# Does an infinite universe always repeat its parts?

1. Jan 20, 2005

### Loren Booda

Can an infinite universe with infinitesimal detail be nonrepeating?

2. Jan 21, 2005

### Akihiro

... since it's infinite, it doesn't have to repeat itself right? (... umm...is this an astronomy question?... -.-)

Last edited: Jan 21, 2005
3. Jan 21, 2005

### setAI

a single infinite universe might not repeat if complexity and novelty increases without limit- but there are only a small number of elementary particles and just 92 natural elements- if the actual nature and parameters of spacetime change over vast regions and there is no limit to these variations- then uniqueness might be possible [but probably not]-when you start to consider the kind of nested transinfinities you get with an infinite/eternal multiverse would require infinite repetition of any possible finite form/pattern-

ultimately I don't think you can avoid having an infinite number of yous-

Last edited: Jan 21, 2005
4. Jan 24, 2005

### Loren Booda

What does the large but finite number of distinct particles relate as to the possible infinitude of the universe?

5. Jan 25, 2005

### Chronos

Since the universe has a particle horizon, the question is not physically meaningful.

6. Jan 26, 2005

### Loren Booda

Chronos,

How does the universe impose a virtual particle horizon (and thus limit the possibility of actual particles approaching infinity) if the general consensus is that the physical universe is unbounded?

7. Jan 26, 2005

### Chronos

The universe is observationally finite - about 13.7 billion light years. That does not mean it has a physically meaningful boundary.

8. Jan 27, 2005

### meteor

What kind of distance are you employing? I usually like to use the comoving radial distance. In this kind of distance, the radius of the observable universe is about 47 billion light years. The formula for the comoving distance to the particle horizon at a particular cosmic time t is:

$$D = c \int_0^t dt/R(t)$$

Last edited: Jan 27, 2005
9. Jan 27, 2005

### nightcleaner

I have come to think of "Infinite" as meaning unfinished, having no end, so no limit, no boundary. But one must be more descriptive. Objects commonly can be unbounded in some dimensions, bounded in others. I suppose we may consider the universe as an object.

For example the surface of a sphere, if very large and considered very locally, may be described by only two dimensions, say x and y, altho on earth we use North and East. We could say that the surface of the earth, as far as we are concerned, has no boundary in x and y, but actually this is a convenient lie.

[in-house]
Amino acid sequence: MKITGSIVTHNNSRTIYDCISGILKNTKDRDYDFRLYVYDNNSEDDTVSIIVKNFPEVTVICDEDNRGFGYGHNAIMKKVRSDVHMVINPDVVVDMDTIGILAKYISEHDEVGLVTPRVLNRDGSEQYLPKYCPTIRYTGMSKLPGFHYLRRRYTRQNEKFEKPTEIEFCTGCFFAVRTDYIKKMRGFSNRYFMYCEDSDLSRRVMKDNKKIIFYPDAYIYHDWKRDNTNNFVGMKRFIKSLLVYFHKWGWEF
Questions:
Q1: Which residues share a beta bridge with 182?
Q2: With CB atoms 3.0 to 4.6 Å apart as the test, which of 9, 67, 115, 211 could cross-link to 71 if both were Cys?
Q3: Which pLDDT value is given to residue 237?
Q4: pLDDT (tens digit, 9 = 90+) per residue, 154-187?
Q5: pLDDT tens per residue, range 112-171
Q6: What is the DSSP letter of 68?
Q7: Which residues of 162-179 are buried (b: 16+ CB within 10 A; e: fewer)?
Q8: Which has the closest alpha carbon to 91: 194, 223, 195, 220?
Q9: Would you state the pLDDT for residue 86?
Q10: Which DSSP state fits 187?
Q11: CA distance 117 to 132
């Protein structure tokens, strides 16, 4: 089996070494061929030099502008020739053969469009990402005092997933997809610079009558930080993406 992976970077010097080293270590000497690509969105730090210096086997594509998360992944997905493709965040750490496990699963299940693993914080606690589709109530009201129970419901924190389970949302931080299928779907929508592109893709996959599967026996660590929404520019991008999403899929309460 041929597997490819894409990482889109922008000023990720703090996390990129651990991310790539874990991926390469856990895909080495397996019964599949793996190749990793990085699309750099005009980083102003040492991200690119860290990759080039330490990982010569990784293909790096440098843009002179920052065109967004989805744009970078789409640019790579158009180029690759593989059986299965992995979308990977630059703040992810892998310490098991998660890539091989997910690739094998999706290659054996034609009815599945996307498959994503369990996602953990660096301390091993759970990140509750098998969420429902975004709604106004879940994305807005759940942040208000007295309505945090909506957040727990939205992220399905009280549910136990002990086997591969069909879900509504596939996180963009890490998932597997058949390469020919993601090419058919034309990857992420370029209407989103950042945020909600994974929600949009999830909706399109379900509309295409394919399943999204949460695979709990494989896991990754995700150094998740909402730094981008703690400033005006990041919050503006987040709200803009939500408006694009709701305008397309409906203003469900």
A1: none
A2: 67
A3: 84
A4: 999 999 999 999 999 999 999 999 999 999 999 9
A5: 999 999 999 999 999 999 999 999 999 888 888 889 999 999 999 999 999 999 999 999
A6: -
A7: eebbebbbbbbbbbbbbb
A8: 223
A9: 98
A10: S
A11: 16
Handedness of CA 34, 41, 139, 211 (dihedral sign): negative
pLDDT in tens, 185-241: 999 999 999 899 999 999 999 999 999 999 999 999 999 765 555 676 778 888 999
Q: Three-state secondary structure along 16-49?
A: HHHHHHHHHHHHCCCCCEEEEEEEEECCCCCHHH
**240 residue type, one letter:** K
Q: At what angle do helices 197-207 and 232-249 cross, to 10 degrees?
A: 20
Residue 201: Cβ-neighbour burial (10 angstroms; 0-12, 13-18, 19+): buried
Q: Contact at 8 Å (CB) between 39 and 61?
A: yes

x and y are actually tangential to the curved surface, so we have to correct every so often. Either we have to apply a curve in the z direction (up and down for earthlings) or we have to put some kinks into the lines. Ever look at a geodesic survey map and find places where the longitude lines take a break, ending in one place and starting again over to the east or west a little bit?

It seems to me that I have seen a place on a map of the great plains states where a road following a section line north-south has to take a pair of close right angle turns to stay between adjacent properties.....

Anyway, a closed surface such as a sphere can be infinite and unbounded. Think of a fractal line, like a coastline. Just exactly how long is the coastline of England, for example? If you are very careful and pace it off you will get an answer, but if you are less careful and just measure it with a portage rod, (16 feet long) you will get a different answer. Is one answer right and the other answer wrong? Well, if you measure it with a centimeter stick you will get a different answer again. The answers don't even have to be close!

Think about measuring the coastline in say, Angstroms. How many atom widths are there in the coastline of England? Well now we have to measure every nook and crannie, every variation in every pebble. Since the coastline is changing all the time as waves go up and down and rearrange things, we really find that at small scales the answer is statistical. You can't just measure it once and get an answer. Next time you measure it, there is a different answer. So you have to measure it a lot of times and average to get a reasonable approximation.

So the length of the coastline is longer in inches than in miles. If you measure it in miles, you can skip a lot of fine features. If you measure it in inches you end up going around a lot more little stuff like boulders and sunbathers. A fractal line, such as a coastline, can be infinitely long and unbounded on the surface of a sphere, such as the earth.